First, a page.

VPS has observed a deterioration in VLSFO quality over the past two months. Image Credit: VPS
The number of very low sulfur fuel oil (VLSFO) samples found to be off-specification is on the increase, according to testing company VPS.
Some 5.5% of the samples tested by the company were found to be off-spec in June, up from 4% in April, VPS said in the latest edition of its VLSFO Insights analysis product. The rate has still not recovered to the high of 7.5% seen in January at the start of the IMO 2020 transition to the new fuels, but June's numbers have now taken the first-half average as a whole up to 5.4%.
The highest off-spec rate in June was seen in Europe, at 13.46%, VPS said.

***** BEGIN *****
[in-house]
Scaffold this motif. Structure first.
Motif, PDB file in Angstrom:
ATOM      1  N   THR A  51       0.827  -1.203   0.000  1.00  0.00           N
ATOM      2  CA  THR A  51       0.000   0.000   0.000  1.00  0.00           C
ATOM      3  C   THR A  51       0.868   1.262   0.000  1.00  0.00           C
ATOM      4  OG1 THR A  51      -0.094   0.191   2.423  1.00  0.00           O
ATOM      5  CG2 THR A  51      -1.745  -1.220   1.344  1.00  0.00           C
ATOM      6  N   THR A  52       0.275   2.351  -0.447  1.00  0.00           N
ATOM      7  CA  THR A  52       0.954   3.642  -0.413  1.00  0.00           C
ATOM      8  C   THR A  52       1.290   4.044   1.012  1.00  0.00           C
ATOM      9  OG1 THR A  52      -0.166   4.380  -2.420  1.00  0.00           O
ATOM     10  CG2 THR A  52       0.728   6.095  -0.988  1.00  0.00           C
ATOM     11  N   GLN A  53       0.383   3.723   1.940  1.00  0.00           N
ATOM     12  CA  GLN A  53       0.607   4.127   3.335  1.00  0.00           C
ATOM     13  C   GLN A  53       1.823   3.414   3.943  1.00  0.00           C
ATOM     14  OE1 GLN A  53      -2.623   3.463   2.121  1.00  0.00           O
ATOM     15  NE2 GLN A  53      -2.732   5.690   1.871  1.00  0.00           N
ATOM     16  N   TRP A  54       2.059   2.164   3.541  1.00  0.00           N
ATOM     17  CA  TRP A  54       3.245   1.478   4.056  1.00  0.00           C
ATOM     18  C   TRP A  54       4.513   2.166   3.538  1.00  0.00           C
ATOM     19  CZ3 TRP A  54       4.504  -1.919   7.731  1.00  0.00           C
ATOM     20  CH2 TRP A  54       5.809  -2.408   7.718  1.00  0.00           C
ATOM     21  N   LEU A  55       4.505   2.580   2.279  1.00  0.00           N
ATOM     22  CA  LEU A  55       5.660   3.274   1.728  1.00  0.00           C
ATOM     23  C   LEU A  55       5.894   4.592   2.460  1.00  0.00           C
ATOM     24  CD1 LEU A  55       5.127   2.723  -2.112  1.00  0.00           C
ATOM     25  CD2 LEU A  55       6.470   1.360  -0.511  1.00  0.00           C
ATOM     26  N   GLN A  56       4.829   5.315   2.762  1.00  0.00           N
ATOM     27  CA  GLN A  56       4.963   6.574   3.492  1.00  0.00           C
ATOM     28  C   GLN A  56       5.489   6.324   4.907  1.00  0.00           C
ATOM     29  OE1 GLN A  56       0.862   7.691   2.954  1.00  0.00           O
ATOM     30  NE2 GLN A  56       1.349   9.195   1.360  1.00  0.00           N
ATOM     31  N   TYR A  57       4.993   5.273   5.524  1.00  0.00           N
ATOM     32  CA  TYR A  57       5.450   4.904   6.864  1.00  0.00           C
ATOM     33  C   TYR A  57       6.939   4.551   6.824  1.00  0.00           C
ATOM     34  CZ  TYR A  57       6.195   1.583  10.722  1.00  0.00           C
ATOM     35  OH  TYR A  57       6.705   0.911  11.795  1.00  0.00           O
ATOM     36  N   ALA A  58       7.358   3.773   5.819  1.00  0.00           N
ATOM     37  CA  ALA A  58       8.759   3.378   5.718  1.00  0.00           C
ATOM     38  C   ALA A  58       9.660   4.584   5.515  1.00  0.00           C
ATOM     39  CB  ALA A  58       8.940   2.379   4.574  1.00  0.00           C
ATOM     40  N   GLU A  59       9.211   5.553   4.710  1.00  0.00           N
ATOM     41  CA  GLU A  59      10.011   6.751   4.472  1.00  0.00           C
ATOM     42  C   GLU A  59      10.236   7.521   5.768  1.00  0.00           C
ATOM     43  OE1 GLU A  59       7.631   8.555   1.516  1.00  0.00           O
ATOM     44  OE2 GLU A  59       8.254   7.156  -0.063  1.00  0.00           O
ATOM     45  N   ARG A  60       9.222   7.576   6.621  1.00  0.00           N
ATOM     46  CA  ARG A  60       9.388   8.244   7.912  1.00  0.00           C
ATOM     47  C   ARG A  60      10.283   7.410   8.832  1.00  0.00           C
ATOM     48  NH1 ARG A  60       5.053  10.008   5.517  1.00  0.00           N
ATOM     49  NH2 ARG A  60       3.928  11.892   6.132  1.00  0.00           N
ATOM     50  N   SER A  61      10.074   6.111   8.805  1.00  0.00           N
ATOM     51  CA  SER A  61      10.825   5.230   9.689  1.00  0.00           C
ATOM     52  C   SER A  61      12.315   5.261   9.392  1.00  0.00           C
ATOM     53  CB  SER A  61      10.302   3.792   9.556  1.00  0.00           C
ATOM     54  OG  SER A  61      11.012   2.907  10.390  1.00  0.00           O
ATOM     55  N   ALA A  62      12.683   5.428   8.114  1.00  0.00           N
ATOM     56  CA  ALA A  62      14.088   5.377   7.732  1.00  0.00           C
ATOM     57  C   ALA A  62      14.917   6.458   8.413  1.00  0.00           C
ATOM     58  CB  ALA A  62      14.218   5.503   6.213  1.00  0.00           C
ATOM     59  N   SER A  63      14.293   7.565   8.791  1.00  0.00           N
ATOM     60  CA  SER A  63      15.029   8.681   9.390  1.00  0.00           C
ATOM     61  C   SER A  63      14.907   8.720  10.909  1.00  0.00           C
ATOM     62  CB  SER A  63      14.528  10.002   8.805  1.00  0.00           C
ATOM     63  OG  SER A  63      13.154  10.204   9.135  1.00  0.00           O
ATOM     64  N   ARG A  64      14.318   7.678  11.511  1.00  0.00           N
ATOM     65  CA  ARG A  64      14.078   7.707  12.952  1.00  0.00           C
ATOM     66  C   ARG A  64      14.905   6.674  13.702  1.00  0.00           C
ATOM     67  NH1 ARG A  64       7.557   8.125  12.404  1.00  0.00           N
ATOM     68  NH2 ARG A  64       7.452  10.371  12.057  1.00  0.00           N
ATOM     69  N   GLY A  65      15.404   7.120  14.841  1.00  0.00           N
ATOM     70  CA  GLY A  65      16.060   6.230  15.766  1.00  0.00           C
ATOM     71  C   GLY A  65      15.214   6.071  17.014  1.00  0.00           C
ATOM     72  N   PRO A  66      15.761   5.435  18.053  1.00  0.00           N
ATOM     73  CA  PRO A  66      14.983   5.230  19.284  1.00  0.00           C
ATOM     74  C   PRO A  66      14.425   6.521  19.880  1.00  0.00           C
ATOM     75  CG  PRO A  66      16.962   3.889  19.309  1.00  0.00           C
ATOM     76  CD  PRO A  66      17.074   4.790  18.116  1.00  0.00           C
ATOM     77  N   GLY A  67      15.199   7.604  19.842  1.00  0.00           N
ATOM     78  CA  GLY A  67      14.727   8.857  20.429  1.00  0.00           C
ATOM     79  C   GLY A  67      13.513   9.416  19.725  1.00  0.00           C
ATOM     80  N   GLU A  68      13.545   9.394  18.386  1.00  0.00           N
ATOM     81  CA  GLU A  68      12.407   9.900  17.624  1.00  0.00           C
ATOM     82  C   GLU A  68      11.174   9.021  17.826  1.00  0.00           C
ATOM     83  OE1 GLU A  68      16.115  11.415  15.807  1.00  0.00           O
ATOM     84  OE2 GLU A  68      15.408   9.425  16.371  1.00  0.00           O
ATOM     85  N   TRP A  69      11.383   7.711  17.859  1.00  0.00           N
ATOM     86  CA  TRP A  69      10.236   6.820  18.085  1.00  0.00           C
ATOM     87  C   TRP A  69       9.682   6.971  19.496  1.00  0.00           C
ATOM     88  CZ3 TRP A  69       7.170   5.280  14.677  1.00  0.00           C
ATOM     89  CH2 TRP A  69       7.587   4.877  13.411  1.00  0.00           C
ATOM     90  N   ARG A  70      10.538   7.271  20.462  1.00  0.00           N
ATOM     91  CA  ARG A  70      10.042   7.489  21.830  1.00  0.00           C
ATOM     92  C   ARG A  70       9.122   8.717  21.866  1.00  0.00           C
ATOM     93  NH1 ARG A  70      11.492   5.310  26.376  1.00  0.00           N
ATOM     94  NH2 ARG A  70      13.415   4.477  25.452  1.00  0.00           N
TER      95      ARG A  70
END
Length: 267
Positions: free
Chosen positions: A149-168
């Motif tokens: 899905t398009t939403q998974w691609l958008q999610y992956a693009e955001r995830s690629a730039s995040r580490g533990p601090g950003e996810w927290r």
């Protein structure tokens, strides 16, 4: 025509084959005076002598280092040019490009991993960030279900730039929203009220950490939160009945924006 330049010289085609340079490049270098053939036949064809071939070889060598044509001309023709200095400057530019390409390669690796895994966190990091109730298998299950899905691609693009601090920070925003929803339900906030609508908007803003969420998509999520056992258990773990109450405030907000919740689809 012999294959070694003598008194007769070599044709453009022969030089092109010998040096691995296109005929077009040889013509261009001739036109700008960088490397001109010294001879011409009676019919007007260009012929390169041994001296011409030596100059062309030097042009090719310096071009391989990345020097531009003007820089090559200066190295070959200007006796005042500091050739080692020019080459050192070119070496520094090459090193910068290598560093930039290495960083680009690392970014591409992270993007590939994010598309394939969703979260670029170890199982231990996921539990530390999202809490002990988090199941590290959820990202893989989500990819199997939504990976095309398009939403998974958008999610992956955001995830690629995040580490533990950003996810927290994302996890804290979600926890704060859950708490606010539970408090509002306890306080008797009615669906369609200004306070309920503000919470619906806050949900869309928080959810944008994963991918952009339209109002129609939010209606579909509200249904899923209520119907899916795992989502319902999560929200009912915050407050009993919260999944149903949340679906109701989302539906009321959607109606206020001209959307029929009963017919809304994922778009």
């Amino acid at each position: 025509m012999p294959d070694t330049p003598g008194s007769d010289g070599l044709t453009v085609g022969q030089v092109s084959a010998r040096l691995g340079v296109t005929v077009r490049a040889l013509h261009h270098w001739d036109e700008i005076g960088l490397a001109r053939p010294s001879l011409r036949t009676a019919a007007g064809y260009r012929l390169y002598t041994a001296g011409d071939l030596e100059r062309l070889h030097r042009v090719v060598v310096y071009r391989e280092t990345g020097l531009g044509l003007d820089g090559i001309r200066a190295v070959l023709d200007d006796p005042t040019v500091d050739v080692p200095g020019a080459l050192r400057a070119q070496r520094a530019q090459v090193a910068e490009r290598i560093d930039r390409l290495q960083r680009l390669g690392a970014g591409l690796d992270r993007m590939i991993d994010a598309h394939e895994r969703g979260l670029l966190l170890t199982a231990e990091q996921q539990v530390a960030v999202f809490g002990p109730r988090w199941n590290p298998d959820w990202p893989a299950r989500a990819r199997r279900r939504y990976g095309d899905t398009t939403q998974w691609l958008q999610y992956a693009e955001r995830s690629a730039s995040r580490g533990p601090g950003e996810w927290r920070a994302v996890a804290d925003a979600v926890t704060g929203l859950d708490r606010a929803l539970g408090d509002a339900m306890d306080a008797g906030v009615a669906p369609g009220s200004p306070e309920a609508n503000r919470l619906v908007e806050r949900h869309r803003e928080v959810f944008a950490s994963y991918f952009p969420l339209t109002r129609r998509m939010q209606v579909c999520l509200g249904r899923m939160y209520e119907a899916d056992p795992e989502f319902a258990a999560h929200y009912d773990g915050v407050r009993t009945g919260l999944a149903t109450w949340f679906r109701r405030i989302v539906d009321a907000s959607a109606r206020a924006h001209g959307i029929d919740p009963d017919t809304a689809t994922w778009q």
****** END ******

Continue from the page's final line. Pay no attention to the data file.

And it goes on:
Last month Peter Grunwaldt, general manager for bunkers at Hafnia, suggested quality problems may be emerging in Northwest Europe because of its position as a blending hub.
"They're still in a learning phase -- they're bringing in new material for blending and there's some experimenting going on, we all know that's where the money lies," he said.
"They probably need to look at the recipes extra carefully, going forward."
Africa had the second-highest off-spec rate in June at 8.38%, according to the VPS data, while North America came in third with 7.56%.
The testing company also pointed to an increase in sulfur non-compliance in VLSFO.
"VLSFO sulfur non-compliance was steadily improving in the early months of 2020, with sulfur non-compliance as low as 1.1% of all tested VLSFO samples in April," the company said.
"After this initial period of improved non-compliance, this share has been increasing again in May (2.3%) and is now at 2.5% in June.
"Whilst this is still an overall decrease compared to the 3.68% in January 2020, it seems that during the COVID-19 crisis the share of non-compliant VLSFO samples grew."